OPR UPDATE: TAX CUTS FOR THE WEARY: GOOD NEWS FOR RUSSIAN OIL OR TOO LITTLE TOO LATE?
The Russian economics ministry today submitted for government consideration a bill to cut development taxes in key resources. While the measure covers mining, logging, and other earthen riches, it is particularly aimed at the all important and ever aging oil industry.
The reduction in oil and gas production growth from 7 percent per year from 2000 to 2004 to this year's rather anemic 2 percent growth is reflective of a sea-change in the character of Russian production: from the relatively easy oil of the Volga-Ural and West Siberian basin to the much more difficult deposits in Russia's offshore Arctic regions and in East and Far East Siberia. Russian oil and gas revenues account for 25 percent of the Russian federal budget (see page 9 of the Gazprom 2004 Annual Report for a peculiar graphical presentation of the importance of oil and gas to Russian finances).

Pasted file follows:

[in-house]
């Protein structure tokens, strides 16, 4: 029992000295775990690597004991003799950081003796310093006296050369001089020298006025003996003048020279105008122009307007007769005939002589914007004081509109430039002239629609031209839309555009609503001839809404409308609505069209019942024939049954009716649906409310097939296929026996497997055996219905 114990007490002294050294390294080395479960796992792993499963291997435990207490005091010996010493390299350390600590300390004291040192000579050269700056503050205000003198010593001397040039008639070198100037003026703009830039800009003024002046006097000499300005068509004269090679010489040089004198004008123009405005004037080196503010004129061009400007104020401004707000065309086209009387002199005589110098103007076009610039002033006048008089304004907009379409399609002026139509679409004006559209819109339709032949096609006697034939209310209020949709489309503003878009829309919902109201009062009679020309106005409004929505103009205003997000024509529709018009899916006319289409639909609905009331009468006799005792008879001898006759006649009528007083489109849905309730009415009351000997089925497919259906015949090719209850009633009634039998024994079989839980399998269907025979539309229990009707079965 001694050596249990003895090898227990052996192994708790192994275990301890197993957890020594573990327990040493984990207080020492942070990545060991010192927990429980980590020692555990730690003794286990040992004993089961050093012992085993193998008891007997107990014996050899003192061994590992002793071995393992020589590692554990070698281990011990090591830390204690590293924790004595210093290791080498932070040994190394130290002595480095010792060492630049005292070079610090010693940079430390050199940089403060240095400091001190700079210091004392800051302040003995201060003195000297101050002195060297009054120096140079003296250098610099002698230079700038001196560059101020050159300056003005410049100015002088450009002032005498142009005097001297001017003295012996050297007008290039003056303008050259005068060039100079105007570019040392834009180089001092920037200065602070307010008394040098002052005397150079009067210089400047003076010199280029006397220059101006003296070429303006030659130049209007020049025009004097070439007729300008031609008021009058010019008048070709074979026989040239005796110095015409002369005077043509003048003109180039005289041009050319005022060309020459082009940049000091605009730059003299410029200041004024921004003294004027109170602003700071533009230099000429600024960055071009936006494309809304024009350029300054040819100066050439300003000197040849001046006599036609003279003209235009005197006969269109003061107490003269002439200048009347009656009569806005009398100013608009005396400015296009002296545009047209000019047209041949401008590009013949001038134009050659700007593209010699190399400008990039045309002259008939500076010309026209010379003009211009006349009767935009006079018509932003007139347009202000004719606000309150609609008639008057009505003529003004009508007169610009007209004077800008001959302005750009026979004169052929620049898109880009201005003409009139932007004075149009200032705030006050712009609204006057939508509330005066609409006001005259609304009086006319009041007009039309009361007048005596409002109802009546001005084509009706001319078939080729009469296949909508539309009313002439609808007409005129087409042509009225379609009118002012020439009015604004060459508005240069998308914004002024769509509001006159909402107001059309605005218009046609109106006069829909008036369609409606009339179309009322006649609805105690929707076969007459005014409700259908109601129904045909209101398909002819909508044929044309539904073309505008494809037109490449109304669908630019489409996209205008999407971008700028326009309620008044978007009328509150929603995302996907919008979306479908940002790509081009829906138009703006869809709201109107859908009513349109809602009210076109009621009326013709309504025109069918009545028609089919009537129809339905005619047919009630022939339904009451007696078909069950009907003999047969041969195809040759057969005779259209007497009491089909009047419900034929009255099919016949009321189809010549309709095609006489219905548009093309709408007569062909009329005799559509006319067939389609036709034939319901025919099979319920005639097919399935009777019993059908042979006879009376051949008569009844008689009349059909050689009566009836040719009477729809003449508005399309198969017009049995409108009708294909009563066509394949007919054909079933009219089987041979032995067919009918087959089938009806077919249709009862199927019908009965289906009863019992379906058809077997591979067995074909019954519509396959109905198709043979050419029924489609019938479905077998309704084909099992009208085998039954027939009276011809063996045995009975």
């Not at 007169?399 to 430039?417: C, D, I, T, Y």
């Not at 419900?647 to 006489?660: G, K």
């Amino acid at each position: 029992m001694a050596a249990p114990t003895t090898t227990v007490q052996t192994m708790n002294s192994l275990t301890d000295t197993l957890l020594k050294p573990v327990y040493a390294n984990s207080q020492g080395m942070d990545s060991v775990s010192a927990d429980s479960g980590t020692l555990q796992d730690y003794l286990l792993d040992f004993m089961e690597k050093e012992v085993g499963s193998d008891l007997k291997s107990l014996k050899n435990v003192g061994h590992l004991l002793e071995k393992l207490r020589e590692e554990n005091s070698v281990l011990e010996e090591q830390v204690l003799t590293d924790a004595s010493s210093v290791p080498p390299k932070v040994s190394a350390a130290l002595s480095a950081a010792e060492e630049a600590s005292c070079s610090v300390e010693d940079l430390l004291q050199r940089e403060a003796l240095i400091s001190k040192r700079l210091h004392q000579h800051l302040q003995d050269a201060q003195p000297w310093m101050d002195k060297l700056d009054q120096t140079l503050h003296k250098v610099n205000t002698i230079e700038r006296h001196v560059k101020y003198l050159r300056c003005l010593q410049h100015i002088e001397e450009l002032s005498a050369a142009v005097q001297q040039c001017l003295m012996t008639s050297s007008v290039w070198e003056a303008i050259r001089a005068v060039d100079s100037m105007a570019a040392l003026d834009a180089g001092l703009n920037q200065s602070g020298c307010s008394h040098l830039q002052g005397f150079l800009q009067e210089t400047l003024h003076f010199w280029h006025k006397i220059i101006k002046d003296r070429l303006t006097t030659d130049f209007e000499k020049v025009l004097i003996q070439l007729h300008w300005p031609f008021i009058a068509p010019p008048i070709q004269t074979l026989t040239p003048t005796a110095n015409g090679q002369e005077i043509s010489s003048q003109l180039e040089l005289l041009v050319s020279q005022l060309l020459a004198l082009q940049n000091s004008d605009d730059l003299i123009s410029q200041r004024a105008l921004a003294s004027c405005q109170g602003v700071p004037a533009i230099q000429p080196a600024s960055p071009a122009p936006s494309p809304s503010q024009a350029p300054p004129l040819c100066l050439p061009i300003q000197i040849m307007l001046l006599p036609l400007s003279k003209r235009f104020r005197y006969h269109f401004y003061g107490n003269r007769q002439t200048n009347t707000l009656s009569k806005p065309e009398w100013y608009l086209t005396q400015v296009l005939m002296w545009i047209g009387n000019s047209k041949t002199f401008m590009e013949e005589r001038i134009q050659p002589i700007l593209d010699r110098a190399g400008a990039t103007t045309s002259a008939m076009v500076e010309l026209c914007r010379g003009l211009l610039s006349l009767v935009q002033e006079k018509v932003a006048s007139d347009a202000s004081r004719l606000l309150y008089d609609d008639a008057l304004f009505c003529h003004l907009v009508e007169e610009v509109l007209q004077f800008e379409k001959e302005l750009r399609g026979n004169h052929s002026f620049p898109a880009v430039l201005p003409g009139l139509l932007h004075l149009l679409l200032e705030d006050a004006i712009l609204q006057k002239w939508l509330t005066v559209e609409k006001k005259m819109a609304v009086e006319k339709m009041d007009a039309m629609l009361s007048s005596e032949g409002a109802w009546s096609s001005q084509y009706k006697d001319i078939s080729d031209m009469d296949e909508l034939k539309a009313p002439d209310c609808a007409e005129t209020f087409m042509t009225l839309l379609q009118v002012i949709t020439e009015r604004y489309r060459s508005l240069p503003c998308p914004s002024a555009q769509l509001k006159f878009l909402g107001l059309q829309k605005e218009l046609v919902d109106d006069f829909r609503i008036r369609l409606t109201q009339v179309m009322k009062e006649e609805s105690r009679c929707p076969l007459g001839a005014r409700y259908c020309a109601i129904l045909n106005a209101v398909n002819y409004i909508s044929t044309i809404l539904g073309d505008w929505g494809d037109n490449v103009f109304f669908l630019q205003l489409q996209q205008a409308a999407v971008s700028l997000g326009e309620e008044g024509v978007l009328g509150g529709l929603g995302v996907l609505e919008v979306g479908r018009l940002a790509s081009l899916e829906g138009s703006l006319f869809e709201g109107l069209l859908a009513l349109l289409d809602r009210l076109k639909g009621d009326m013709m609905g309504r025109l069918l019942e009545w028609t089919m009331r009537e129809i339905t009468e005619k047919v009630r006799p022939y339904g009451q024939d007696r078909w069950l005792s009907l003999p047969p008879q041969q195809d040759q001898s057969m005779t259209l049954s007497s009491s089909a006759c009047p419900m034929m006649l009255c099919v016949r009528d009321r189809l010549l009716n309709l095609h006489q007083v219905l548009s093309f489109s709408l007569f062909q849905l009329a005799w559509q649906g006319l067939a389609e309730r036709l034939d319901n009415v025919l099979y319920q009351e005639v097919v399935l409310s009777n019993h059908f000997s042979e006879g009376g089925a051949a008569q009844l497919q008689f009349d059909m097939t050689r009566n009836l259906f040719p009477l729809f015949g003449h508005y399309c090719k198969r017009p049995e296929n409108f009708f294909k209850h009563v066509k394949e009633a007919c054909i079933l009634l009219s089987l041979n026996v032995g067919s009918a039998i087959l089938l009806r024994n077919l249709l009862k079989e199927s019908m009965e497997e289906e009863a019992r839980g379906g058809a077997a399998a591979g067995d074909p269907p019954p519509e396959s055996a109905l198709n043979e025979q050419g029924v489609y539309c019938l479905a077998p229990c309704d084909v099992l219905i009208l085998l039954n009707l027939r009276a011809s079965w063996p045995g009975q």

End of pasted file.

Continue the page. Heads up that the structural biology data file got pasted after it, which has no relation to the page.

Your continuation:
The bill will introduce tax holidays for companies developing new deposits, and major privileges for those working on depleted deposits, in a bid to avert a medium-term production decline in industries that provide much of Russia's budget revenues, particularly the oil and natural-gas sectors. "The bill has been agreed with all the agencies involved and sent to the government for consideration," a ministry spokesman said.
However, Russia may have waited too long to begin developing the latter this difficult these remote riches. Major oil and gas projects -and the pipelines to serve them- are developing slowly and in need of huge capital outlays. By cutting development taxes, Russia hopes to speed the time to market of these hard to access oil and gas deposits. The oil industry and the federal budget are in a race against time.